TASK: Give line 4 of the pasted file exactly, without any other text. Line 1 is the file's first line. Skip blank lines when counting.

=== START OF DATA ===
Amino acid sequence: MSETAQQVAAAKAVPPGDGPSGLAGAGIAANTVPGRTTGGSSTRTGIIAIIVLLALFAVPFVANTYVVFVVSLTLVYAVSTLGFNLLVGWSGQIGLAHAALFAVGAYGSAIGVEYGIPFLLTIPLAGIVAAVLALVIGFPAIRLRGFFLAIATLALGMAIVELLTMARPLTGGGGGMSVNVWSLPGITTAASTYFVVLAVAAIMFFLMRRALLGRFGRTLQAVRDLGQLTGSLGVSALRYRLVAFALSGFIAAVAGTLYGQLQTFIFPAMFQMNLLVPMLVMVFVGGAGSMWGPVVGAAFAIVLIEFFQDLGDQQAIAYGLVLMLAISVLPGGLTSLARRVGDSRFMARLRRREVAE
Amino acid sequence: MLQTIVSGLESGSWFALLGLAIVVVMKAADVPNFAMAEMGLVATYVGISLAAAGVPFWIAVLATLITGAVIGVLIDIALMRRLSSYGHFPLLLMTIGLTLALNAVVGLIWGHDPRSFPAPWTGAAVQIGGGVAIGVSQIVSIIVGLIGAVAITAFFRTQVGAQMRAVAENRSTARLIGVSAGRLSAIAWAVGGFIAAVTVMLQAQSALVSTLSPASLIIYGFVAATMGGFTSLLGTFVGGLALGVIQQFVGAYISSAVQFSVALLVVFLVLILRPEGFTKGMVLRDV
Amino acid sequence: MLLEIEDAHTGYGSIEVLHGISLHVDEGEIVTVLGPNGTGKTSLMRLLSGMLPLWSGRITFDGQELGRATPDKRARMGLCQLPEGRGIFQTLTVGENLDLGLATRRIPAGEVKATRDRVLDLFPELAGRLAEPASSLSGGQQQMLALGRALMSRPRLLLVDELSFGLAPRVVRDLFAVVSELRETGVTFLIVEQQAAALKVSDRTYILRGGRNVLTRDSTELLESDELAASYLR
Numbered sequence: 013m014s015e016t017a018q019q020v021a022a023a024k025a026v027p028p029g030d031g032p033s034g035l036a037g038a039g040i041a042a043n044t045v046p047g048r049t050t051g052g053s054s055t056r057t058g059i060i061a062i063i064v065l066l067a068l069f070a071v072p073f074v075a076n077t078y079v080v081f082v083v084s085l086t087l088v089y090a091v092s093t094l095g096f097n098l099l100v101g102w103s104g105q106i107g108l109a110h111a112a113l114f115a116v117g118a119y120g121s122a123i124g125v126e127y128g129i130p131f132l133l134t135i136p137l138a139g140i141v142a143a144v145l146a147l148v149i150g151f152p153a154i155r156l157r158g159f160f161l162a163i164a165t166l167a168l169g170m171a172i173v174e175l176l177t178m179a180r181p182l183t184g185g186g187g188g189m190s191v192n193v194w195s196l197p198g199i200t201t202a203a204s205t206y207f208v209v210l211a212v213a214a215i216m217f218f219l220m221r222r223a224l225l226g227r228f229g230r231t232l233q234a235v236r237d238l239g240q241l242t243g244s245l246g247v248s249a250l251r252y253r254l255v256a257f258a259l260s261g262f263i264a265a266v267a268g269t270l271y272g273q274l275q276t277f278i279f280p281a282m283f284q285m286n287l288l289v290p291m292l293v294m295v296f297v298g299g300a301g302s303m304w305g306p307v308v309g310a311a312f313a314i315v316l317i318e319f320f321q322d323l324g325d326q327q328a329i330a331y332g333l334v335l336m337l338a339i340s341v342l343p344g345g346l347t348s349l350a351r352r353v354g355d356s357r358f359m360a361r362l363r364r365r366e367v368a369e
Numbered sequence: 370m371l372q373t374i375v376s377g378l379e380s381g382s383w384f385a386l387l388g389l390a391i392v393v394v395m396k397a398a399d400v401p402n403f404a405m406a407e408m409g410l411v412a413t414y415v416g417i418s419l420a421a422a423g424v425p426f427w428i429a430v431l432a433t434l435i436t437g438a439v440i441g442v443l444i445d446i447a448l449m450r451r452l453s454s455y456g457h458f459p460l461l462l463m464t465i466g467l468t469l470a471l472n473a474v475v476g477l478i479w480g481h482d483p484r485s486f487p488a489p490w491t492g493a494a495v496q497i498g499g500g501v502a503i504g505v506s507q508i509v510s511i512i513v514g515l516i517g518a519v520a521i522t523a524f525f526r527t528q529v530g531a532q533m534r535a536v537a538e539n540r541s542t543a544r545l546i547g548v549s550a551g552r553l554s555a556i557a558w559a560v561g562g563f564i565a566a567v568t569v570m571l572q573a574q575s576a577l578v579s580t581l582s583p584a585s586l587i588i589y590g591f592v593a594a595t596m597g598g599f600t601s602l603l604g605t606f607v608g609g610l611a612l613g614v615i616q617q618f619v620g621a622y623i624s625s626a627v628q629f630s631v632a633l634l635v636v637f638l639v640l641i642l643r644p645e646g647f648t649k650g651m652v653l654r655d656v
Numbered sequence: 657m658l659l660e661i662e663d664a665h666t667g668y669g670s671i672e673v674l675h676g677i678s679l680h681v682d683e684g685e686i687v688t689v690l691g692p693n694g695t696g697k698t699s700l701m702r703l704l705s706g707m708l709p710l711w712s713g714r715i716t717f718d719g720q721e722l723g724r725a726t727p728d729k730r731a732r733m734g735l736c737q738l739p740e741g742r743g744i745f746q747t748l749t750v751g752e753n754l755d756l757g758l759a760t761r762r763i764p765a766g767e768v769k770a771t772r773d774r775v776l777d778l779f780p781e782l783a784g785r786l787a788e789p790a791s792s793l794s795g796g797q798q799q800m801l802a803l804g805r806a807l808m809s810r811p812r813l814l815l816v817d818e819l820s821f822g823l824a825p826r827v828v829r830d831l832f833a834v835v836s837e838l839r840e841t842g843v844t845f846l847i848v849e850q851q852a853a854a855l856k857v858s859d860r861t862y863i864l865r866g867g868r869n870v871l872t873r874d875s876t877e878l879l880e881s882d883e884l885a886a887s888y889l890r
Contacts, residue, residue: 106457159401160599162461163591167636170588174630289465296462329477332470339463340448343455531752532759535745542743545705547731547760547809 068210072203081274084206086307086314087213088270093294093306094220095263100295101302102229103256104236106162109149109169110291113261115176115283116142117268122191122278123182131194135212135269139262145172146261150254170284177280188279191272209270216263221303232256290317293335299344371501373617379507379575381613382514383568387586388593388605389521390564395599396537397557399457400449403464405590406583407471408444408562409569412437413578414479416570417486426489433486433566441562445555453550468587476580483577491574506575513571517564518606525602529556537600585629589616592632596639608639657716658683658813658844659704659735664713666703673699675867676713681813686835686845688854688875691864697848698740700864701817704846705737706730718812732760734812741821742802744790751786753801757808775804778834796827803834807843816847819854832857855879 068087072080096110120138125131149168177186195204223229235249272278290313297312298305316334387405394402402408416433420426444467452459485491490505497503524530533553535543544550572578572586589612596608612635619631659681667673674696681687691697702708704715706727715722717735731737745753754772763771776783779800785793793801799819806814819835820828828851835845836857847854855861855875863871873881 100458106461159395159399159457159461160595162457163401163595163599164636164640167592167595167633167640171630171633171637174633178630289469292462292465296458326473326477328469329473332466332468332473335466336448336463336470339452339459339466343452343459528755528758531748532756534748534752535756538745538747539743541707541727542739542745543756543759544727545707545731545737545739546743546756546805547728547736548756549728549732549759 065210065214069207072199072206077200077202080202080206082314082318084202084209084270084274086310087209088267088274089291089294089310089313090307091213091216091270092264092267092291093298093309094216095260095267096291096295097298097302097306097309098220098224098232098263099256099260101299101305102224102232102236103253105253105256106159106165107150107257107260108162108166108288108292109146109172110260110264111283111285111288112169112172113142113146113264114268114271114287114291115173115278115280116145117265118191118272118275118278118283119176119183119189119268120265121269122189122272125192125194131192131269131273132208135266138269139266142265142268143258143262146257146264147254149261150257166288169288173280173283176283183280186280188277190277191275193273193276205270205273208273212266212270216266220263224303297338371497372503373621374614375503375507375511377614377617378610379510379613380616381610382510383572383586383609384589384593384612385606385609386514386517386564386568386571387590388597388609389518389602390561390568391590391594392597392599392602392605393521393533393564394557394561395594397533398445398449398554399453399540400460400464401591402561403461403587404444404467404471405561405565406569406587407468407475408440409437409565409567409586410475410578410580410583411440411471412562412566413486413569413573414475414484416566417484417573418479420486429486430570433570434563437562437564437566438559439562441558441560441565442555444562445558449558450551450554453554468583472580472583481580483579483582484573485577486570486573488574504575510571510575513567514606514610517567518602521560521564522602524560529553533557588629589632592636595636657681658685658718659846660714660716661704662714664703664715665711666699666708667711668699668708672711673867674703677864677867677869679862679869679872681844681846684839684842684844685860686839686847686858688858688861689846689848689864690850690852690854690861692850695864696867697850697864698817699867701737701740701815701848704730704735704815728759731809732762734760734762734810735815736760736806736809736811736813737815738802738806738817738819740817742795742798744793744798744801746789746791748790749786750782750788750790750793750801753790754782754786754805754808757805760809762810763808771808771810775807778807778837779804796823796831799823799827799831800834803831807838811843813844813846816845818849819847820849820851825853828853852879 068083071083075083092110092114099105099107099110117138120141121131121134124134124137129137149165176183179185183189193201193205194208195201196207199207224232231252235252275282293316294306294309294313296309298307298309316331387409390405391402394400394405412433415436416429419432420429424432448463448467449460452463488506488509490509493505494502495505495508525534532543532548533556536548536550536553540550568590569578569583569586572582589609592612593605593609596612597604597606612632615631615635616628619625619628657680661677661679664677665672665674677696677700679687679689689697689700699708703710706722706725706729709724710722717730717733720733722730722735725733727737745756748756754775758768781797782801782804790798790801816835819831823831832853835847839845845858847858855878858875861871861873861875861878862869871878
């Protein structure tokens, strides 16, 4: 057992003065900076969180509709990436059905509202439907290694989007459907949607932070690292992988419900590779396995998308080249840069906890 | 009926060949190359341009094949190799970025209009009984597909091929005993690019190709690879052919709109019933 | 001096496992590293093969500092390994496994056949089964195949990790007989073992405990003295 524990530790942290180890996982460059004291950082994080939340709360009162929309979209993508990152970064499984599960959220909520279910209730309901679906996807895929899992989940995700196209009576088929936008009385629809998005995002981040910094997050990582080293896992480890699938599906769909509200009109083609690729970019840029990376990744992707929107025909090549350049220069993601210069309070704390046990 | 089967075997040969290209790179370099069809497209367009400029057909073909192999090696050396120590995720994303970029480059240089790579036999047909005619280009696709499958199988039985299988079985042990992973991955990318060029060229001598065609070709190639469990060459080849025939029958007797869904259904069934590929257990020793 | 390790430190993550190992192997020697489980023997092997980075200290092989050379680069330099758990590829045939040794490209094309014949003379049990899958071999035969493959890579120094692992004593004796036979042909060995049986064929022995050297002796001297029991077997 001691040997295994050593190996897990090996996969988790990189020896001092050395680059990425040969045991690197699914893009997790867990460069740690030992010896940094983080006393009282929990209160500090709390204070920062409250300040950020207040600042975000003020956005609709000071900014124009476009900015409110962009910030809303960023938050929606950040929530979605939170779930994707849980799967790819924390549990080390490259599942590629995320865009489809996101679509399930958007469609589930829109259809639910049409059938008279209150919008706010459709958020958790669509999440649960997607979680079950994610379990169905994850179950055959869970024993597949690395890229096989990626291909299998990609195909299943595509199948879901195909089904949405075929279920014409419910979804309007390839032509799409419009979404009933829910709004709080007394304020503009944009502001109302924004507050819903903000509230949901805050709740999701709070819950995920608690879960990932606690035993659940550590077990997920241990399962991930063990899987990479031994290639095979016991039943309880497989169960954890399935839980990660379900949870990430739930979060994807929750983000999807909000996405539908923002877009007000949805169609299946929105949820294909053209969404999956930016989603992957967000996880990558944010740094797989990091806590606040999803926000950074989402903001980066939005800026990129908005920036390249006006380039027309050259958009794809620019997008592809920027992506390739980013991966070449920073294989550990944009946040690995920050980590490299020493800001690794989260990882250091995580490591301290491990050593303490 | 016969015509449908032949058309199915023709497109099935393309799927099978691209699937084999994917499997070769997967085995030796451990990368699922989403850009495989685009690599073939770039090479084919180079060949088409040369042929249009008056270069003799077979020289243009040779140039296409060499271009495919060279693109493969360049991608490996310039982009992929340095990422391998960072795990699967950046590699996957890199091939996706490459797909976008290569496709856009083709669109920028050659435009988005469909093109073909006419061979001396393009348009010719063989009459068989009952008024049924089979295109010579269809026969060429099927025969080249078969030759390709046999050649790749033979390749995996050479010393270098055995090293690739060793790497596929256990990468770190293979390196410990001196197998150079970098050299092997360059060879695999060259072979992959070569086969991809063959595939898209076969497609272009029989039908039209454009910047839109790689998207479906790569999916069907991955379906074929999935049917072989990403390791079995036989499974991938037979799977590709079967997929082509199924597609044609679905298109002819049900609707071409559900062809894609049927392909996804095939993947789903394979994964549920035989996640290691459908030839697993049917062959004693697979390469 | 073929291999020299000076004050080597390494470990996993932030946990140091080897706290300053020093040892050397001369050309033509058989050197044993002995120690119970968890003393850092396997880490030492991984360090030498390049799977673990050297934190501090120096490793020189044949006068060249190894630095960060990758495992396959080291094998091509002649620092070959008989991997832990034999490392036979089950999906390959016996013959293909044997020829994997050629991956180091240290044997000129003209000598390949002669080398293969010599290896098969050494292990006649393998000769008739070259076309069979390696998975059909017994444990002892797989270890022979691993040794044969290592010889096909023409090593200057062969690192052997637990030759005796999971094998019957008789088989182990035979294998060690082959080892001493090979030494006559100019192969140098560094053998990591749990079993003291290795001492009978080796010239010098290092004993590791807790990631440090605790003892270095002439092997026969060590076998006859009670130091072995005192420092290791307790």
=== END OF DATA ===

Numbered sequence: 013m014s015e016t017a018q019q020v021a022a023a024k025a026v027p028p029g030d031g032p033s034g035l036a037g038a039g040i041a042a043n044t045v046p047g048r049t050t051g052g053s054s055t056r057t058g059i060i061a062i063i064v065l066l067a068l069f070a071v072p073f074v075a076n077t078y079v080v081f082v083v084s085l086t087l088v089y090a091v092s093t094l095g096f097n098l099l100v101g102w103s104g105q106i107g108l109a110h111a112a113l114f115a116v117g118a119y120g121s122a123i124g125v126e127y128g129i130p131f132l133l134t135i136p137l138a139g140i141v142a143a144v145l146a147l148v149i150g151f152p153a154i155r156l157r158g159f160f161l162a163i164a165t166l167a168l169g170m171a172i173v174e175l176l177t178m179a180r181p182l183t184g185g186g187g188g189m190s191v192n193v194w195s196l197p198g199i200t201t202a203a204s205t206y207f208v209v210l211a212v213a214a215i216m217f218f219l220m221r222r223a224l225l226g227r228f229g230r231t232l233q234a235v236r237d238l239g240q241l242t243g244s245l246g247v248s249a250l251r252y253r254l255v256a257f258a259l260s261g262f263i264a265a266v267a268g269t270l271y272g273q274l275q276t277f278i279f280p281a282m283f284q285m286n287l288l289v290p291m292l293v294m295v296f297v298g299g300a301g302s303m304w305g306p307v308v309g310a311a312f313a314i315v316l317i318e319f320f321q322d323l324g325d326q327q328a329i330a331y332g333l334v335l336m337l338a339i340s341v342l343p344g345g346l347t348s349l350a351r352r353v354g355d356s357r358f359m360a361r362l363r364r365r366e367v368a369e